Fighting Infertility in Women With The Right Diet

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Do you know that as a woman, your diet can keep you from getting pregnant? Infertility is one of the major challenges faced in the modern world today and the quality of one’s diet plays a major role when it comes to having a healthy body as well as a healthy reproductive system. The essential building blocks for hormones are found in the foods consumed daily. Also, the antioxidants which help to protect the egg from free radicals are also found in the foods that are consumed as well. Just as nutrients in food can be helpful for fertility, there are some foods and chemicals additives in foods that can be harmful for your health and fertility.

Infertility defined by the World Health Organization is “A disease of the reproductive system defined by the failure to achieve a clinical pregnancy after 12 months or more of regular unprotected sexual intercourse.”

An estimated 34 million women, predominantly from developing countries have infertility challenges which resulted from maternal sepsis and unsafe abortion (long-term maternal morbidity resulting in a disability). Infertility in women was ranked the 5th highest serious global disability (among populations under the age of 60). There are two types of infertility that may occur in women:

Primary infertility
This happens when a woman is unable to ever bear a child, either due to the inability to become pregnant or the inability to carry a pregnancy to a live birth. Primary infertility may also include when women spontaneously miscarry their pregnancy or give birth to still born.

Secondary infertility
This happens when a woman is unable to bear a child, either due to the inability to become pregnant or the inability to carry a pregnancy to a live birth following a previous pregnancy or a previous ability to carry a pregnancy to a live birth. Secondary infertility may also refer to those who can no longer carry a pregnancy to a live birth (those who repeatedly spontaneously miscarry or whose pregnancy results in a stillbirth) following a previous ability to do so.

However, some factors may affect the fertility rate experienced in women. These factors include:

Factors that can affect the fertility rate in women
Age: The age of a woman affects the fertility rate of that woman and this fertility rate starts to drop after the age of 32 years old and more.

Obesity or being overweight: This is one of the principal causes affecting the fertility rate in women. Obesity or being overweight is often found to affect the fertility rate due to the presence of high levels of cholesterol and fatty tissues in obese women.

Eating disorders: Eating disorders may affect the fertility rate in women. Women who become seriously underweight as a result of an eating disorder may have problems of being fertile. It is advisable to stop eating disorders and adopt a proper healthy diet routine/plan.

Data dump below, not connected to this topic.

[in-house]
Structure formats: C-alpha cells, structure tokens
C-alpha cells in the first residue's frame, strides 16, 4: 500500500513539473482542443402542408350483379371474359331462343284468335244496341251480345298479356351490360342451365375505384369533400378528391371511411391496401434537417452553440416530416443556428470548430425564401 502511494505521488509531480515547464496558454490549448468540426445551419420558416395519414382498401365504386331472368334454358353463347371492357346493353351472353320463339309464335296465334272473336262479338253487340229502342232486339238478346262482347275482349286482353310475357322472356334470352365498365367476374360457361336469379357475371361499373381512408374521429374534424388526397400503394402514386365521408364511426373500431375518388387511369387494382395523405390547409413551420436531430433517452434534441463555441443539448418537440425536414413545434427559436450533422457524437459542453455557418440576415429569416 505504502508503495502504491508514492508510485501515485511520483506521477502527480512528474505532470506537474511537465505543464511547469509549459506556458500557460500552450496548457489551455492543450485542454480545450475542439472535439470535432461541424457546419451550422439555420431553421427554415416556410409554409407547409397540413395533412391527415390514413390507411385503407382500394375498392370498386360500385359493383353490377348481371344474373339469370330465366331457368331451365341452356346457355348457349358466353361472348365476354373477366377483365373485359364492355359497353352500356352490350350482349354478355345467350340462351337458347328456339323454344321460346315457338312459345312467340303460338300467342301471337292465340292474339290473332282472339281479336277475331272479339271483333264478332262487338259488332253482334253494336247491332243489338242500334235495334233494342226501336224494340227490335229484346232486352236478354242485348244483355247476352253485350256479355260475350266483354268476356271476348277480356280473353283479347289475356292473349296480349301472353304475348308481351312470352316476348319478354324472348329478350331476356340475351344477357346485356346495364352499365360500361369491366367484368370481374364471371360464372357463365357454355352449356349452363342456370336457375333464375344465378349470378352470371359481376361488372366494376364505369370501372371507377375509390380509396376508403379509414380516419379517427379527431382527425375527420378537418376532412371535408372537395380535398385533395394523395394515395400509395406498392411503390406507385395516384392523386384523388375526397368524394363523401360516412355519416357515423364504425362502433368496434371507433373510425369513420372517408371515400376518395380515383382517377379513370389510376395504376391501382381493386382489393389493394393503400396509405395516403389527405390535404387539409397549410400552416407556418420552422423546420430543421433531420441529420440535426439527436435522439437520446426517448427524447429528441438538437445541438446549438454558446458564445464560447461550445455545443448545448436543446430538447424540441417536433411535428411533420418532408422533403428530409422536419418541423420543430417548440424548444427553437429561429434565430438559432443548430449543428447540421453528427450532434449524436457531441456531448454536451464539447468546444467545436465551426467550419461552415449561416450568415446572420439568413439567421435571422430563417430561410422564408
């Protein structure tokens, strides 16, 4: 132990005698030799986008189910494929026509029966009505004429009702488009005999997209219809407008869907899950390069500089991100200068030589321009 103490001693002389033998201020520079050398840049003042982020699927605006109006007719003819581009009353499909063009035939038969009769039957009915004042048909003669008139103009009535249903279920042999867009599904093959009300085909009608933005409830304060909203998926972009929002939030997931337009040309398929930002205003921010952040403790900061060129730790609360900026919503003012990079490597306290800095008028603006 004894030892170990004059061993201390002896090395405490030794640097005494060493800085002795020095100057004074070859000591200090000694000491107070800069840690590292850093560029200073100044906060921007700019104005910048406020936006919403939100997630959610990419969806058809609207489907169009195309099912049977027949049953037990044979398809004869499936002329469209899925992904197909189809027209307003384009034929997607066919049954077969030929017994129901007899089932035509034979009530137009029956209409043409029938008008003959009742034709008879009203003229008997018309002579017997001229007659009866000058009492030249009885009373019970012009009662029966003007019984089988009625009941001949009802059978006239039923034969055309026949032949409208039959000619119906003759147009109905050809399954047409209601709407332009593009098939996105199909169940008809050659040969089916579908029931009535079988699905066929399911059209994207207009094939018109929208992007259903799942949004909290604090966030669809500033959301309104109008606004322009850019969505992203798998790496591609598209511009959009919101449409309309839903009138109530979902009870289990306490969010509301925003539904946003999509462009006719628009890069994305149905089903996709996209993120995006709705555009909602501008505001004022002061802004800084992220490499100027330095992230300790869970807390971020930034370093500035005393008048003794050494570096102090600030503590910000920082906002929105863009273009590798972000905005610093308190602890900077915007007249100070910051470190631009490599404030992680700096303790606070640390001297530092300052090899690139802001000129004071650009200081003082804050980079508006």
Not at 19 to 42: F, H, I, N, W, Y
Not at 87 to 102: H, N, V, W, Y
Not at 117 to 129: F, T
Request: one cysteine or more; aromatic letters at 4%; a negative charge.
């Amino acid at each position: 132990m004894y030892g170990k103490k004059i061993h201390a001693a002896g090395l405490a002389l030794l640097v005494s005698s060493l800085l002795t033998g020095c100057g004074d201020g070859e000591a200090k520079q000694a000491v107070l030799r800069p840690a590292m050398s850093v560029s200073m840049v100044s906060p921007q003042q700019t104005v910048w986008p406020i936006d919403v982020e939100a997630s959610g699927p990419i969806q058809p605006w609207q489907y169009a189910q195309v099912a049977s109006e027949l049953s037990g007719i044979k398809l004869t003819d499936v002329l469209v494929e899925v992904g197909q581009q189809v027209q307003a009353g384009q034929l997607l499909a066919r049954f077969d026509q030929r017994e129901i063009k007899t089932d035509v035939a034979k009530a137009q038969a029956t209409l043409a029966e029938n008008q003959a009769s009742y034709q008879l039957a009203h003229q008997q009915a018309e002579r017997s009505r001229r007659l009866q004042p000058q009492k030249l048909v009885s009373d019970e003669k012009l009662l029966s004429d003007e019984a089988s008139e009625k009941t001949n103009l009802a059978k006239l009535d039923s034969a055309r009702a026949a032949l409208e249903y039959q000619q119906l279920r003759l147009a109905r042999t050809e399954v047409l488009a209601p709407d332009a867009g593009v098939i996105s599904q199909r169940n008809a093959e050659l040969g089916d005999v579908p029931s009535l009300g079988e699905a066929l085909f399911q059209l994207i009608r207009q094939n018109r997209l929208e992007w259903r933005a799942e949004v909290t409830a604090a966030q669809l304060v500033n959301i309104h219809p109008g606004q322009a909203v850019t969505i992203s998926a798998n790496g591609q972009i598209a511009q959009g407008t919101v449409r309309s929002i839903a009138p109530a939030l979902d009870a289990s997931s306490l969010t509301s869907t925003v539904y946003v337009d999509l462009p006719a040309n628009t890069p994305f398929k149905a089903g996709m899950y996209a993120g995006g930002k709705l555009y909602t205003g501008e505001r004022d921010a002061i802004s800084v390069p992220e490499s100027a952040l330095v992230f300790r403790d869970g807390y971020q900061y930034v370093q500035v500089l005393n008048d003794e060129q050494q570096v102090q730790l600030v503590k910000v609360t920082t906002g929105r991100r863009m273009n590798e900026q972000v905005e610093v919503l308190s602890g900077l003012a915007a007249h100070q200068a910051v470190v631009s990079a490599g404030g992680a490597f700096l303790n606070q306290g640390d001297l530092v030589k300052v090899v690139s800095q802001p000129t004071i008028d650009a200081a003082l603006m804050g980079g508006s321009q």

Being vegan: If a woman is a strict vegan she must ensure to take the adequate amounts of iron, folic acid, zinc and vitamin B-12, otherwise her fertility may become affected.

Smoking: Smoking significantly increases the risk of infertility in women and may also undermine the effects of fertility treatment. If a woman smokes even while she’s pregnant, there is a greater likelihood of her losing the pregnancy (miscarriage).

Consumption of Alcohol: A woman’s fertility rate or even pregnancy can be seriously affected by any amount of alcohol consumption.

Sexually transmitted infection’s (STI’s): STIs are another major problem that affects the fertility rate in women. Some of them may cause infertility in women, for example: chlamydia can damage the fallopian tubes. Routine checks should be done and it should be treated as early as possible to prevent further damage of the reproductive organs.

Exposure to chemicals: Exposure to chemicals such as pesticides, herbicides, metals (lead) and solvents have been linked to fertility problems in both women and men.

Over-exercising or not exercising at all: Exercise is good but too much or too little or the absence of it may not be beneficial. It has been said that a woman who exercises for more than seven hours in a week may have ovulation problems. Also not exercising at all or living a sedentary lifestyle may sometimes be linked to lower fertility in both women and men.

Mental stress: Studies have shown that female ovulation and sperm production may be affected by mental stress. If at least one partner is stressed it is possible that the frequency of sexual intercourse is less, which may result in a lower chance of conception.

Practicing a combination of good healthy lifestyle by changing specific aspects of one’s diets, exercising appropriately, taking out time to rest, avoiding smoking and alcohol consumption can help reduce the relative risk of infertility. It is also advisable to eat foods that contain less trans-fat and sugar from carbohydrates, eat more protein from vegetables than from animals, eat more fiber and iron, take more multivitamins, exercise adequately daily and maintain a lower body mass index (BMI).

Culled from The Guardian

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